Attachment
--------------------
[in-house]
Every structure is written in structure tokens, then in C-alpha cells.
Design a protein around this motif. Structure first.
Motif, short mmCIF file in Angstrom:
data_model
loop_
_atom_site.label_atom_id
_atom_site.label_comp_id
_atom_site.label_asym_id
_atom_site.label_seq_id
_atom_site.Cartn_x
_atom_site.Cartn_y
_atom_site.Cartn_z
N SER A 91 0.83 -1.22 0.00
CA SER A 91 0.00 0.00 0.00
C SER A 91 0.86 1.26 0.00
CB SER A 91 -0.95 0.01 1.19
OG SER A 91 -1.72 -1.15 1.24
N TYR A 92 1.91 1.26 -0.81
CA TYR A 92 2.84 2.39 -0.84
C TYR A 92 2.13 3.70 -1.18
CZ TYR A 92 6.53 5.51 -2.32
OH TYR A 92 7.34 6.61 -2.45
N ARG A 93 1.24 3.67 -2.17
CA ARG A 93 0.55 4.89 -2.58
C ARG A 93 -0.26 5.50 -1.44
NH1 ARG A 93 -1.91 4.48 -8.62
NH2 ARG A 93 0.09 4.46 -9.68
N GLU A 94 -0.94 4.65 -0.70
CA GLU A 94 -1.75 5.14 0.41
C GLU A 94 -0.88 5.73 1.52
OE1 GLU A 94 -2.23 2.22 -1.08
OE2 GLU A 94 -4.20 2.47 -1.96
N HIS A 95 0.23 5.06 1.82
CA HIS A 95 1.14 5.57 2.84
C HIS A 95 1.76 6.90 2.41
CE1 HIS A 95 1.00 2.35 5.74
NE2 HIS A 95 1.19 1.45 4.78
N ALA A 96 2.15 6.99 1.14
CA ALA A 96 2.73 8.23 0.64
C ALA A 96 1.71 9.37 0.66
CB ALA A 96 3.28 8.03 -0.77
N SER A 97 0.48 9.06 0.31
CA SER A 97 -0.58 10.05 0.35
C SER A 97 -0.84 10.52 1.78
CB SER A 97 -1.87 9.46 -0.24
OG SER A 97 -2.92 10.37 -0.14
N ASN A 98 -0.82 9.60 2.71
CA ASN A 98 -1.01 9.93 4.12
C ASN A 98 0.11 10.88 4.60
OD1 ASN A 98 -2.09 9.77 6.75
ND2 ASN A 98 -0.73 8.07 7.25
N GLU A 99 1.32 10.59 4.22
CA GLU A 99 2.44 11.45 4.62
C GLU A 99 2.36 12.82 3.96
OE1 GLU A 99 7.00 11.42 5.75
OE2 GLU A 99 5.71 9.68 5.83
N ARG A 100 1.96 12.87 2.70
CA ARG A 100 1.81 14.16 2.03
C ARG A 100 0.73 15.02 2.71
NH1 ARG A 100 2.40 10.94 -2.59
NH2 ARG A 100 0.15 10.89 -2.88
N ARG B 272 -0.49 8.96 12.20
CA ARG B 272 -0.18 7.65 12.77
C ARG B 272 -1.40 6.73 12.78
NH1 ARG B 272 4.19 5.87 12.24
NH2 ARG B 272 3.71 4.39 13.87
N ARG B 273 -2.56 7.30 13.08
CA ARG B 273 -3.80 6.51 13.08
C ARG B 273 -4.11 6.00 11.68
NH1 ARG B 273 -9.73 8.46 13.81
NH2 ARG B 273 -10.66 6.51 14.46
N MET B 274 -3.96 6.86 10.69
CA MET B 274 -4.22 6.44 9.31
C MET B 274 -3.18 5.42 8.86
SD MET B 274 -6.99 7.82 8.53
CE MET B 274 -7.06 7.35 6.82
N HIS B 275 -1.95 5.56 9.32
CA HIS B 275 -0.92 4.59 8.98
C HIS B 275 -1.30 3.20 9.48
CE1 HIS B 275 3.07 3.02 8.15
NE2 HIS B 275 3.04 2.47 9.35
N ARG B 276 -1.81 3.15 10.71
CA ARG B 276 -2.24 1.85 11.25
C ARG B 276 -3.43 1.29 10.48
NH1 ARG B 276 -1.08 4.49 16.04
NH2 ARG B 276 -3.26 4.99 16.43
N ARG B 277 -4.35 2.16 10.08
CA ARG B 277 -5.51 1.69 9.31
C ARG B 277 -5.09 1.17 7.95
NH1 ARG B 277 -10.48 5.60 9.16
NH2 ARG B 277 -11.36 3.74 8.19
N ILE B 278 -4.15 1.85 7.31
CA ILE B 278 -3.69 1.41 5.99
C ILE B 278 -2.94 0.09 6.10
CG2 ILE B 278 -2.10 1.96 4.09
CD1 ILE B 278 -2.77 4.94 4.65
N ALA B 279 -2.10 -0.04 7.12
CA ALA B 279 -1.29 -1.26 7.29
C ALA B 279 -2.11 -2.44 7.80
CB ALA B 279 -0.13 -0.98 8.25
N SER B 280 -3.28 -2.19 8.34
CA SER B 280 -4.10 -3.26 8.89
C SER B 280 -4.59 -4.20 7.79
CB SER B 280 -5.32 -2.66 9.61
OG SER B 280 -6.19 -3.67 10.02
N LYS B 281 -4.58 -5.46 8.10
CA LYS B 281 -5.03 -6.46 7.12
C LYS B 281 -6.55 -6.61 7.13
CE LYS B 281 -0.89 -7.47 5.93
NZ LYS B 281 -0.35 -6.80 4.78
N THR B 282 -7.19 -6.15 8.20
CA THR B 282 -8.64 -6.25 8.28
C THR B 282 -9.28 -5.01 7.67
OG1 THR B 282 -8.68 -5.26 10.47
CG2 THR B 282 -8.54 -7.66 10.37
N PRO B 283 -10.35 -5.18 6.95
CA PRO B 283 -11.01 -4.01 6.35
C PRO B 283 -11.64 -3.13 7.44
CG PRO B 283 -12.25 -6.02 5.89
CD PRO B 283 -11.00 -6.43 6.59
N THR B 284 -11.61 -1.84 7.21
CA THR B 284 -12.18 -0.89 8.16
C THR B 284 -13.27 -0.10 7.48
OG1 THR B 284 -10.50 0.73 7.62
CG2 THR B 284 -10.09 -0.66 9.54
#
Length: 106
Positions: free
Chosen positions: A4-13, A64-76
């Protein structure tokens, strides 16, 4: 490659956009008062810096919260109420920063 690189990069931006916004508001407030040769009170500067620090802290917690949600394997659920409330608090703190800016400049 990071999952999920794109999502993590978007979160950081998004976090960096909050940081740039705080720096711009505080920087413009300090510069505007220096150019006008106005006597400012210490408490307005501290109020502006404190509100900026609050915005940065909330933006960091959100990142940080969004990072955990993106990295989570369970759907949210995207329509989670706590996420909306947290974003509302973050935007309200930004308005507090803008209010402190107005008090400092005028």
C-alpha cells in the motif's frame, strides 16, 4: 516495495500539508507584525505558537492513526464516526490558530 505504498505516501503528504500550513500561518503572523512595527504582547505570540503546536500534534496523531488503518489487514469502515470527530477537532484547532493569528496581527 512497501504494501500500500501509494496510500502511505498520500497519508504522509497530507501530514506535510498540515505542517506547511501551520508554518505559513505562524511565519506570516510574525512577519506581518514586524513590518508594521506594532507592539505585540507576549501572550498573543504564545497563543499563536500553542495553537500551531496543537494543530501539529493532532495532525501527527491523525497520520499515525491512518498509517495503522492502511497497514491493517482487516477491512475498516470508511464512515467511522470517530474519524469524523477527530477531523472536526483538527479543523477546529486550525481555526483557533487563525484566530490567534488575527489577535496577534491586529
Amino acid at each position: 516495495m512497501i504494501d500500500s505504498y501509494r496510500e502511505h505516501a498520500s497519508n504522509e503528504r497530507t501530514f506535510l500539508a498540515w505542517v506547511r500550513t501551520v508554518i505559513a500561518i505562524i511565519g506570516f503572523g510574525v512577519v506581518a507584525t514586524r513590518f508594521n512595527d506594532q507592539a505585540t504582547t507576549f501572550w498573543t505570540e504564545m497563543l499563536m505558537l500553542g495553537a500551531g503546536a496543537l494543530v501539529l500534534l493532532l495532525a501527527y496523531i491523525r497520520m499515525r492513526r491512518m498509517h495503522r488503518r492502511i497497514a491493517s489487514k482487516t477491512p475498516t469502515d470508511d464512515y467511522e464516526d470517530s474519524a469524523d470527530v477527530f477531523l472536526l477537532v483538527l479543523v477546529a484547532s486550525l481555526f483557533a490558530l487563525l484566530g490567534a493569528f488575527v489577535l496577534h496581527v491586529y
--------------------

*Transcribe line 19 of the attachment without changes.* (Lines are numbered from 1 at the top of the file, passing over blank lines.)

N TYR A 92 1.91 1.26 -0.81